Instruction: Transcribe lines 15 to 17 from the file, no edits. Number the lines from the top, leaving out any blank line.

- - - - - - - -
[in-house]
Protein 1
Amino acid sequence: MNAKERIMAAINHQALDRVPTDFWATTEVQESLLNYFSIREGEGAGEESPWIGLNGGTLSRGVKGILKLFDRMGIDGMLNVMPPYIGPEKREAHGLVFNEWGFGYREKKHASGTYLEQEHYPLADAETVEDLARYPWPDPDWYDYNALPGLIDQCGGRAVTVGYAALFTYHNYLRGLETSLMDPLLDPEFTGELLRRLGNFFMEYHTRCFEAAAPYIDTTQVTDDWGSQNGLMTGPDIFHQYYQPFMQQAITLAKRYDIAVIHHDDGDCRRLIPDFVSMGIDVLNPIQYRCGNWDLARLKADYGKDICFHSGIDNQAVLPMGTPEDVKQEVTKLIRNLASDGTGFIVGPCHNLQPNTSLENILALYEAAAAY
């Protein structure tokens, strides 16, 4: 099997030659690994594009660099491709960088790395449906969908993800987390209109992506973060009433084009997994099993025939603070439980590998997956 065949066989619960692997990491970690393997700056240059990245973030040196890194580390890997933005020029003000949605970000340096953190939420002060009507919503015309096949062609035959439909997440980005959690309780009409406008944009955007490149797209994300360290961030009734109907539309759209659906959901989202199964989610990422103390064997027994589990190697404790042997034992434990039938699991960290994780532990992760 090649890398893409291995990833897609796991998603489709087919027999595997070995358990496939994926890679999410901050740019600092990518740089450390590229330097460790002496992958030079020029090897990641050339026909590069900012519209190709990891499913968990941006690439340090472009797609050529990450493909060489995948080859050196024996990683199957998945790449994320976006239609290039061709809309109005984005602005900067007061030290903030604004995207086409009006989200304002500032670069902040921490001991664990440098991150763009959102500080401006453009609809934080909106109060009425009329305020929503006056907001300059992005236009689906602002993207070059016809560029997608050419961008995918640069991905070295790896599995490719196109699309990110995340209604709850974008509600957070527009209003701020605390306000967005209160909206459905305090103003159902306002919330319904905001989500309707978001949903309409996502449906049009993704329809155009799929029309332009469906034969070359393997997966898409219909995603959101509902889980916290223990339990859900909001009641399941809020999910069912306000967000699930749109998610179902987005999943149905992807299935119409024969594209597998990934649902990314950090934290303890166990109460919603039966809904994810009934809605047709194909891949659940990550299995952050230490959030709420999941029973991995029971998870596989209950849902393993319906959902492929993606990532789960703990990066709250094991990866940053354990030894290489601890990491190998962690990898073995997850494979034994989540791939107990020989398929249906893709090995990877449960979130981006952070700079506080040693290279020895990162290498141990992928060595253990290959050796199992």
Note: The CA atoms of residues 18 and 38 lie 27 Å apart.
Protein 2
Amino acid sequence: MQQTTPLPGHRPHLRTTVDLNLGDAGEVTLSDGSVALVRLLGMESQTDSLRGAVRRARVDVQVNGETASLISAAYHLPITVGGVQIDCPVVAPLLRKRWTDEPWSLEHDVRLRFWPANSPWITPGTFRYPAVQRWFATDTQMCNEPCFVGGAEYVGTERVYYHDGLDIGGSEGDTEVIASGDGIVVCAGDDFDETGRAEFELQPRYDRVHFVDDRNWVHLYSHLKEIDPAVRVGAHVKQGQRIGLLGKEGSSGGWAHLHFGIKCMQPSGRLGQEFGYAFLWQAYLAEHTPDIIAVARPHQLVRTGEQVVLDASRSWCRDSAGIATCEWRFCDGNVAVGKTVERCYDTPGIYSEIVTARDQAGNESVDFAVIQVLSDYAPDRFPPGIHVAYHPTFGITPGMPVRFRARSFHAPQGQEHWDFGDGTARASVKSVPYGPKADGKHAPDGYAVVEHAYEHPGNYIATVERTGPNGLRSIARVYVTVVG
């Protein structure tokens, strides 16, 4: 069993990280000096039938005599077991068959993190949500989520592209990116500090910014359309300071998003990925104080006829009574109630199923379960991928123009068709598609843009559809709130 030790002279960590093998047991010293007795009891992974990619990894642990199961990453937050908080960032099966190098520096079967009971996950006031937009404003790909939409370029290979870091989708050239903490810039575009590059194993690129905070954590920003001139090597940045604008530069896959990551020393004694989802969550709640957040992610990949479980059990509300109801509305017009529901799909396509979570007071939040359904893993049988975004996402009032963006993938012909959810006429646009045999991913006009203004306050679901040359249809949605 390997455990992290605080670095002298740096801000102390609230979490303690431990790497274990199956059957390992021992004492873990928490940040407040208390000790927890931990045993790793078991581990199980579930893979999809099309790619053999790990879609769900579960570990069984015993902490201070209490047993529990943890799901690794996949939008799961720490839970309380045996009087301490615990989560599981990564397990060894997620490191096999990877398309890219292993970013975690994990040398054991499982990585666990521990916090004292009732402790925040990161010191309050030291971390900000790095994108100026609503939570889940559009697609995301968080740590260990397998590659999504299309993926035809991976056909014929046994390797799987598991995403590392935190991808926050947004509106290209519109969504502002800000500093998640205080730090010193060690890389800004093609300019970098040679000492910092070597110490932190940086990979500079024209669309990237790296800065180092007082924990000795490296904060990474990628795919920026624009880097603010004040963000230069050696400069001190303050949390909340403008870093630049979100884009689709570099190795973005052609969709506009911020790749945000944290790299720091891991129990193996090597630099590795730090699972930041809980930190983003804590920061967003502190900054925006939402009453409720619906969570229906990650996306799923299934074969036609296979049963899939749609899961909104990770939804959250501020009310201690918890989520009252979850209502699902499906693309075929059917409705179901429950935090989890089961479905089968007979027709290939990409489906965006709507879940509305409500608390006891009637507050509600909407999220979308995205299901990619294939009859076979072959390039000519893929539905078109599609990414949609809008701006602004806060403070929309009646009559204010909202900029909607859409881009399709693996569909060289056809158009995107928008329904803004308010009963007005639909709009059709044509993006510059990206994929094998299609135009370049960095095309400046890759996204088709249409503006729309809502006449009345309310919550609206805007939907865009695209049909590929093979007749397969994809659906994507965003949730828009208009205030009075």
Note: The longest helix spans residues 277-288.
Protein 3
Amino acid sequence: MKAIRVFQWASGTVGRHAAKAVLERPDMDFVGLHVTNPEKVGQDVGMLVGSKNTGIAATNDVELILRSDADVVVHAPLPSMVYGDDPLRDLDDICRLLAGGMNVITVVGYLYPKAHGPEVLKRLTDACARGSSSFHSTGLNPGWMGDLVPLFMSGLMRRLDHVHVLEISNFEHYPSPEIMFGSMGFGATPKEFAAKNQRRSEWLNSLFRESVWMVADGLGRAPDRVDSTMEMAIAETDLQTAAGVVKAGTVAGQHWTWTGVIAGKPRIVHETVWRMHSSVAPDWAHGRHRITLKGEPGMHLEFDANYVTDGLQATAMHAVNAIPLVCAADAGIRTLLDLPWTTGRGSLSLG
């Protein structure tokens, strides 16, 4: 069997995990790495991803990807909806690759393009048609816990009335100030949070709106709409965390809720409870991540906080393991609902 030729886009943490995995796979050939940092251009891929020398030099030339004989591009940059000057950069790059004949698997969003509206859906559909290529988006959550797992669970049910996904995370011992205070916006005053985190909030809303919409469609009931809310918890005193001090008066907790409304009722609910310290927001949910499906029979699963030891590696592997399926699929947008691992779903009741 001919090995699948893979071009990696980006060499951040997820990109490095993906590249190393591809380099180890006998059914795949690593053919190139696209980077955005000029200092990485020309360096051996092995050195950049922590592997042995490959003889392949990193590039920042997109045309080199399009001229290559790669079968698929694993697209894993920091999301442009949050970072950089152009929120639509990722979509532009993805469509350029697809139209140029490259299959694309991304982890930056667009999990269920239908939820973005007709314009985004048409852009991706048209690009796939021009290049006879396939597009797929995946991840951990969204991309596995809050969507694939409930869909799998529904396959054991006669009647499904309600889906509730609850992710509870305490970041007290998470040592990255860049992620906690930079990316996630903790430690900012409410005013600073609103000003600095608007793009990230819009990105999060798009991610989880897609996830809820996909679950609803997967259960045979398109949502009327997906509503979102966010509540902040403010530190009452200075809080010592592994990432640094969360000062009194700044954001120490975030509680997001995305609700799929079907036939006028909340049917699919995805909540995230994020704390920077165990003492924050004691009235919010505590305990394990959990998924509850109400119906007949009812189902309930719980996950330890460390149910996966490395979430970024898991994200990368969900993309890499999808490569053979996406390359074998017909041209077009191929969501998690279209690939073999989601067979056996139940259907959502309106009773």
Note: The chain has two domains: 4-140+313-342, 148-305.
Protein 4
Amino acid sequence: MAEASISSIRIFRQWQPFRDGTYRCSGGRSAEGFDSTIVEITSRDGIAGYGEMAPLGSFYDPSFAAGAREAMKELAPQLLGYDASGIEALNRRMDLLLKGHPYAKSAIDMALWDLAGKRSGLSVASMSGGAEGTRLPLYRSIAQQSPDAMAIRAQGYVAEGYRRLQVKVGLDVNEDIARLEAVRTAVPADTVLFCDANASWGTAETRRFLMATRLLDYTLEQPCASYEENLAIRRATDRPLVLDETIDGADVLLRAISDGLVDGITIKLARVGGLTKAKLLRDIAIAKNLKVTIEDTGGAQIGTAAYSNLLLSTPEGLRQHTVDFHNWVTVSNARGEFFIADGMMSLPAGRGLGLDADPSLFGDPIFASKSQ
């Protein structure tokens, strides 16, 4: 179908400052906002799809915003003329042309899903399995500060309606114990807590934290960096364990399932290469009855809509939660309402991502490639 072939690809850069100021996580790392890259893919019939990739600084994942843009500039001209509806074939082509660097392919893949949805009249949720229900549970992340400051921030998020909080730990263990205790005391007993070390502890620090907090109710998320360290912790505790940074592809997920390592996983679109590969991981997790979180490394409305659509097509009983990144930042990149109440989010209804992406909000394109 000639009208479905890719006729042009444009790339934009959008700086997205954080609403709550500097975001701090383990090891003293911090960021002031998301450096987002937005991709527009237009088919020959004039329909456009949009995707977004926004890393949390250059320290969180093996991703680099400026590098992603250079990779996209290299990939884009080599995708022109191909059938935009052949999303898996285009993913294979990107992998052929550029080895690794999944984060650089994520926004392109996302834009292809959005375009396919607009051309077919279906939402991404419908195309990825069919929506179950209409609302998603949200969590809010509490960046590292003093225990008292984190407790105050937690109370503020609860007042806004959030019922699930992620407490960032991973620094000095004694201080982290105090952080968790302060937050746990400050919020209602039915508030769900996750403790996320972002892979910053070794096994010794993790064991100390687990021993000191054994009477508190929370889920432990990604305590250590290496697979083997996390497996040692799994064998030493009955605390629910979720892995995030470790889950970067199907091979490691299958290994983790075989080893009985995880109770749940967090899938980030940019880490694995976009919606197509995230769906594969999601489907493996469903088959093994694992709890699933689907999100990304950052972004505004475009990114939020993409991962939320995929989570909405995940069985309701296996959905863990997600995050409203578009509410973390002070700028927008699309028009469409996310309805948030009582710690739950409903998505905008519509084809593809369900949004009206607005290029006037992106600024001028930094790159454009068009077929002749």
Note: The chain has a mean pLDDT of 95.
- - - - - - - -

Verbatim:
Amino acid sequence: MAEASISSIRIFRQWQPFRDGTYRCSGGRSAEGFDSTIVEITSRDGIAGYGEMAPLGSFYDPSFAAGAREAMKELAPQLLGYDASGIEALNRRMDLLLKGHPYAKSAIDMALWDLAGKRSGLSVASMSGGAEGTRLPLYRSIAQQSPDAMAIRAQGYVAEGYRRLQVKVGLDVNEDIARLEAVRTAVPADTVLFCDANASWGTAETRRFLMATRLLDYTLEQPCASYEENLAIRRATDRPLVLDETIDGADVLLRAISDGLVDGITIKLARVGGLTKAKLLRDIAIAKNLKVTIEDTGGAQIGTAAYSNLLLSTPEGLRQHTVDFHNWVTVSNARGEFFIADGMMSLPAGRGLGLDADPSLFGDPIFASKSQ
């Protein structure tokens, strides 16, 4: 179908400052906002799809915003003329042309899903399995500060309606114990807590934290960096364990399932290469009855809509939660309402991502490639 072939690809850069100021996580790392890259893919019939990739600084994942843009500039001209509806074939082509660097392919893949949805009249949720229900549970992340400051921030998020909080730990263990205790005391007993070390502890620090907090109710998320360290912790505790940074592809997920390592996983679109590969991981997790979180490394409305659509097509009983990144930042990149109440989010209804992406909000394109 000639009208479905890719006729042009444009790339934009959008700086997205954080609403709550500097975001701090383990090891003293911090960021002031998301450096987002937005991709527009237009088919020959004039329909456009949009995707977004926004890393949390250059320290969180093996991703680099400026590098992603250079990779996209290299990939884009080599995708022109191909059938935009052949999303898996285009993913294979990107992998052929550029080895690794999944984060650089994520926004392109996302834009292809959005375009396919607009051309077919279906939402991404419908195309990825069919929506179950209409609302998603949200969590809010509490960046590292003093225990008292984190407790105050937690109370503020609860007042806004959030019922699930992620407490960032991973620094000095004694201080982290105090952080968790302060937050746990400050919020209602039915508030769900996750403790996320972002892979910053070794096994010794993790064991100390687990021993000191054994009477508190929370889920432990990604305590250590290496697979083997996390497996040692799994064998030493009955605390629910979720892995995030470790889950970067199907091979490691299958290994983790075989080893009985995880109770749940967090899938980030940019880490694995976009919606197509995230769906594969999601489907493996469903088959093994694992709890699933689907999100990304950052972004505004475009990114939020993409991962939320995929989570909405995940069985309701296996959905863990997600995050409203578009509410973390002070700028927008699309028009469409996310309805948030009582710690739950409903998505905008519509084809593809369900949004009206607005290029006037992106600024001028930094790159454009068009077929002749």
Note: The chain has a mean pLDDT of 95.